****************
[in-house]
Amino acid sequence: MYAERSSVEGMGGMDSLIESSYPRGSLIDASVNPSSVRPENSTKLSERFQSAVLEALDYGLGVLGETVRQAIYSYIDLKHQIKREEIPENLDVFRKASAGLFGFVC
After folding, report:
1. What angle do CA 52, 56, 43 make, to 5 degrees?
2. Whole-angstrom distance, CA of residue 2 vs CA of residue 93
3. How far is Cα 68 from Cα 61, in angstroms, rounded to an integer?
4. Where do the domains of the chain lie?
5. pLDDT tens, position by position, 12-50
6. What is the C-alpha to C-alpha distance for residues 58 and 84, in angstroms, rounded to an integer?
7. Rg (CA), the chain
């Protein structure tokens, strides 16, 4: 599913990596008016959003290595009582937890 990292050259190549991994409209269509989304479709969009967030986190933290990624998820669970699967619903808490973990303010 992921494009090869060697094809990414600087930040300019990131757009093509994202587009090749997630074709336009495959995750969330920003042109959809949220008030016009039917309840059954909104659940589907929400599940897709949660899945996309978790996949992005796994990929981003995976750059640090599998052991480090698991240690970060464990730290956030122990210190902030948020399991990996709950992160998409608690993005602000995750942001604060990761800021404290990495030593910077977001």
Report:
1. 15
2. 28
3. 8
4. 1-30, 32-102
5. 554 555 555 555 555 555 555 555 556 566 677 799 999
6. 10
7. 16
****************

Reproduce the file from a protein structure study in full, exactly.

[in-house]
Amino acid sequence: MYAERSSVEGMGGMDSLIESSYPRGSLIDASVNPSSVRPENSTKLSERFQSAVLEALDYGLGVLGETVRQAIYSYIDLKHQIKREEIPENLDVFRKASAGLFGFVC
After folding, report:
1. What angle do CA 52, 56, 43 make, to 5 degrees?
2. Whole-angstrom distance, CA of residue 2 vs CA of residue 93
3. How far is Cα 68 from Cα 61, in angstroms, rounded to an integer?
4. Where do the domains of the chain lie?
5. pLDDT tens, position by position, 12-50
6. What is the C-alpha to C-alpha distance for residues 58 and 84, in angstroms, rounded to an integer?
7. Rg (CA), the chain
């Protein structure tokens, strides 16, 4: 599913990596008016959003290595009582937890 990292050259190549991994409209269509989304479709969009967030986190933290990624998820669970699967619903808490973990303010 992921494009090869060697094809990414600087930040300019990131757009093509994202587009090749997630074709336009495959995750969330920003042109959809949220008030016009039917309840059954909104659940589907929400599940897709949660899945996309978790996949992005796994990929981003995976750059640090599998052991480090698991240690970060464990730290956030122990210190902030948020399991990996709950992160998409608690993005602000995750942001604060990761800021404290990495030593910077977001």
Report:
1. 15
2. 28
3. 8
4. 1-30, 32-102
5. 554 555 555 555 555 555 555 555 556 566 677 799 999
6. 10
7. 16